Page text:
First you need a little backstory to see how I arrived at the "a-ha"…I am recently divorced after 26 years (nope, not gonna blog about that part!) At the encouragement of a good friend (Thanks, Mary!) I signed up for Match.com just to sort of get my feet wet. After all, I'm ONLY 46 and got married at 19. I could potentially claim to have never actually dated….you don't really "date" in college, right? So many potential blog posts about the whole dating thing, but THAT is not happening…read on….
So, I painfully wrote a Match profile that really forced me to describe myself, examine just what I might think I was looking for in a person. One of the things that is important to me is an open-minded, always learning attitude. For example, if someone on Match emailed me, we talked back & forth, eventually getting to "what do you do" and I say social media? If their response is something like, I just don't get that stuff…seems worthless. My response is "delete". (not learning, not open-minded, not connected)
Being connected is important to me.
I am super connected, I connect people via social media as a part of my career. I believe in the power of connectivity, about half of the women who have really walked with me through the past year I only see a couple of times a year, they live in California, Texas, South Carolina, all over the place. I'm totally cool with having long distance friendships…these friends are super digital, we video-chat, we FaceTime, text, IM….we connect online WAY more than in person.
I also very much value the amazing group of my friends that I see face to face all the time where I live. So this actually made me start thinking….just how do I define connected? After all, my more local friends are definitely less connected, with a few of them really not technology users at all beyond texting. Why do I not "delete" them?
Because they ARE connected. They connect by calling, inviting, learning, loving, listening. They are connected to their parents, their neighbors, their community, their children, their friends. The connect authentically without technology by reaching out.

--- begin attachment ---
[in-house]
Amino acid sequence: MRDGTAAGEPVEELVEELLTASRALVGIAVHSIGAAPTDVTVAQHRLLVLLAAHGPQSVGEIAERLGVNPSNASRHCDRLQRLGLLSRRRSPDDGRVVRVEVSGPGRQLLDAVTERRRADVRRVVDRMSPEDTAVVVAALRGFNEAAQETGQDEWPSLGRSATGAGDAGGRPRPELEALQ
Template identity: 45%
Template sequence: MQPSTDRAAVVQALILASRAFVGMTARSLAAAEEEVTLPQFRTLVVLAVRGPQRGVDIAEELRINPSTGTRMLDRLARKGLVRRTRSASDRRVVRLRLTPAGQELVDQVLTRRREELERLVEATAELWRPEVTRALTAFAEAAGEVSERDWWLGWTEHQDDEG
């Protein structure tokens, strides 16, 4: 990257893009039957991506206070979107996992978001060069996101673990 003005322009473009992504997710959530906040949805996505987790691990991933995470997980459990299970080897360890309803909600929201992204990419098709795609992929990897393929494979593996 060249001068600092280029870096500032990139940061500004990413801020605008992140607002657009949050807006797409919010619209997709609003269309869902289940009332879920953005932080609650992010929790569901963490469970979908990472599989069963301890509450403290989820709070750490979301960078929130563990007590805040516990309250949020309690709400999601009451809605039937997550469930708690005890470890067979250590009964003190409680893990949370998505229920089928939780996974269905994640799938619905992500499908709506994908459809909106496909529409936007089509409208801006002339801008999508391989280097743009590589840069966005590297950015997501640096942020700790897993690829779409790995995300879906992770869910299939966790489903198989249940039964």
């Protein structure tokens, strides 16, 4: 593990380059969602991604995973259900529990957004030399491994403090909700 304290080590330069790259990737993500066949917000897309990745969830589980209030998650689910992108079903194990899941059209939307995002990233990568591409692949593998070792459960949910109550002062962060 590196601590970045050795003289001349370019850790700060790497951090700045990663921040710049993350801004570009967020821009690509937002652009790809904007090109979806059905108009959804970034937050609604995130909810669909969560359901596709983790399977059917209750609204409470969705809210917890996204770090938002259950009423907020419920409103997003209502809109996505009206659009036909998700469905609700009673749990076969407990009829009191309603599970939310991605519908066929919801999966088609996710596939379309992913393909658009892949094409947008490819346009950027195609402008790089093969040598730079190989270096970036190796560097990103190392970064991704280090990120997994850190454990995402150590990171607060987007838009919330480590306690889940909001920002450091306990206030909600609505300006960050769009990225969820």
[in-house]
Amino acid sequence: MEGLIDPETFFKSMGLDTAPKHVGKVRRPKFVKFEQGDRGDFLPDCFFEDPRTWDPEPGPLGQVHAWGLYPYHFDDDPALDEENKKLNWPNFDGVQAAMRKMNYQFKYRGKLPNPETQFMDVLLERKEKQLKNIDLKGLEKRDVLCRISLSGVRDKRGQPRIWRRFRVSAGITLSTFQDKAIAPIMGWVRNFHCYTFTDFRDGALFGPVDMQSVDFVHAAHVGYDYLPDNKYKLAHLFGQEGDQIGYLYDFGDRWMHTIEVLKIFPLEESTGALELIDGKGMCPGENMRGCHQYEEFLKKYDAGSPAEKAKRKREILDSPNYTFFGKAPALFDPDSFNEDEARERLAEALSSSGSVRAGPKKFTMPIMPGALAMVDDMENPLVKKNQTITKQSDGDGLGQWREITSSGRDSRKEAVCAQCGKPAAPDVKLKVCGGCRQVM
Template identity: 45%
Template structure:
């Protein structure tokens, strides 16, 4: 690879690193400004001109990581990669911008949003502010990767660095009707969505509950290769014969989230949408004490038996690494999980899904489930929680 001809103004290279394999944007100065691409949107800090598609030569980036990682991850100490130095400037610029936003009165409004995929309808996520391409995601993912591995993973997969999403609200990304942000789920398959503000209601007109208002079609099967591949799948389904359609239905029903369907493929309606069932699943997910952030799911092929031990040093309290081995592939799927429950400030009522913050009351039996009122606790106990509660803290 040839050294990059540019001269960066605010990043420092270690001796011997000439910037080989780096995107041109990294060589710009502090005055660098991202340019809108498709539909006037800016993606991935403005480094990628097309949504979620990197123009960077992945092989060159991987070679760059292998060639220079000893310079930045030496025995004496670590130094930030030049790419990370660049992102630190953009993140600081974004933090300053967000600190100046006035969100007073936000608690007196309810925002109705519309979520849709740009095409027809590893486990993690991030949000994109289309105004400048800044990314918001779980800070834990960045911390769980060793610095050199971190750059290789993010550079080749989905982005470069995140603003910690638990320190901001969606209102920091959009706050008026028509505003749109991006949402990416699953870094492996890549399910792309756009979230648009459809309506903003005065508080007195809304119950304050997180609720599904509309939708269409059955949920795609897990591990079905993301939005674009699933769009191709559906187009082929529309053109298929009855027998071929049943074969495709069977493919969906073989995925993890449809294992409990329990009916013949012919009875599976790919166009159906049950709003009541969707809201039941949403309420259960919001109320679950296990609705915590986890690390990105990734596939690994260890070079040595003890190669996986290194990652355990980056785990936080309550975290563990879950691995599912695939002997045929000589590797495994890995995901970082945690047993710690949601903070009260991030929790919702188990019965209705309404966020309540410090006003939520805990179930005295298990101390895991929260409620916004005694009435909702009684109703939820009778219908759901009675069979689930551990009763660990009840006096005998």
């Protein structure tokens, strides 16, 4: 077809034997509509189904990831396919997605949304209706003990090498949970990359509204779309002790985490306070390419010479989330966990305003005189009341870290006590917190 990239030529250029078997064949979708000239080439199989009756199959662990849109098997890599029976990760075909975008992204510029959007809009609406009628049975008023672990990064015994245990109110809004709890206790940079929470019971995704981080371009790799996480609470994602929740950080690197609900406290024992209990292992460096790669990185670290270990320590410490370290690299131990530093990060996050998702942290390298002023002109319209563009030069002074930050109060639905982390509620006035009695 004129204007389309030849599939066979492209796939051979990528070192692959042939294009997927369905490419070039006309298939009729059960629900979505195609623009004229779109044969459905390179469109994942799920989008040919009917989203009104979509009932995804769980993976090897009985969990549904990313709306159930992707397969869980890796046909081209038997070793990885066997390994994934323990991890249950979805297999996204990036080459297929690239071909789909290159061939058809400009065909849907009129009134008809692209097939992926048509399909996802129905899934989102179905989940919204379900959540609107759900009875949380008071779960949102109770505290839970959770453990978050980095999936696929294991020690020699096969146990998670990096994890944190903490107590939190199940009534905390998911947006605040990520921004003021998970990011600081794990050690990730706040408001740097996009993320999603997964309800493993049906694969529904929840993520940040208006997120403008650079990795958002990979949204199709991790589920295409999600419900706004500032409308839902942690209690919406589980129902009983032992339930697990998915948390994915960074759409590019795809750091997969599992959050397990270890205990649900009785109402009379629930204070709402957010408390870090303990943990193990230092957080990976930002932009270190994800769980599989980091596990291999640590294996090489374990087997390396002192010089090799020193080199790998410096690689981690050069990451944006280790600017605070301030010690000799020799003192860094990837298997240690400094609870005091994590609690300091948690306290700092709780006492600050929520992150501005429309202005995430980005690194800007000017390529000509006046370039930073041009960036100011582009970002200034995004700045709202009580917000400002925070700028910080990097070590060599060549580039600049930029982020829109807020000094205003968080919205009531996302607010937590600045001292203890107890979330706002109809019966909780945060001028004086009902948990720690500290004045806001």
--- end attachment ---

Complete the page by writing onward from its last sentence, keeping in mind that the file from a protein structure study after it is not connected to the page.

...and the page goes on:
So this made me think of people I know that are connected, but disconnected. People I know that are always on a computer or their cell phone and I'm not sure what color their eyes are, because when you are with them they never look up. People who text a thought or feeling that deserves to be delivered or discussed in person, but texting lets them hide from the emotion you can't help but witness when you are face to face.
So my "a-ha", YES, I value being connected, but it isn't the technology at all. When I first begin working in this job, I was overly connected, addicted to a Twitter stream and the myriad of valuable education related chats, this is my 3rd year doing this now. For the past year, I have been working on balance. I'm using my vacation days, I shut down my computer at night, I (usually) leave my phone in my purse at lunch and dinner. I call people more often instead of texting them. I'm certain I have spent time in the last few years, being VERY connected but VERY disconnected. Sitting in the same room with people but my cell phone buzzing w/ tweets so I'm constantly glancing down at it, my iPad right next to me or my laptop slightly open so I don't "miss anything".
This reflection also made me think of the judgement we "connected educators" sometimes throw at the educators in our schools who don't use Twitter, don't have an online PLN, BUT they are quick to walk across the hall, chat with others in passing, meet and work on projects. Connecting can be defined more broadly than online.
So, I DO value being connected, but it is the people, not the technology…proving once again, no matter what the topic, it always comes down to relationships!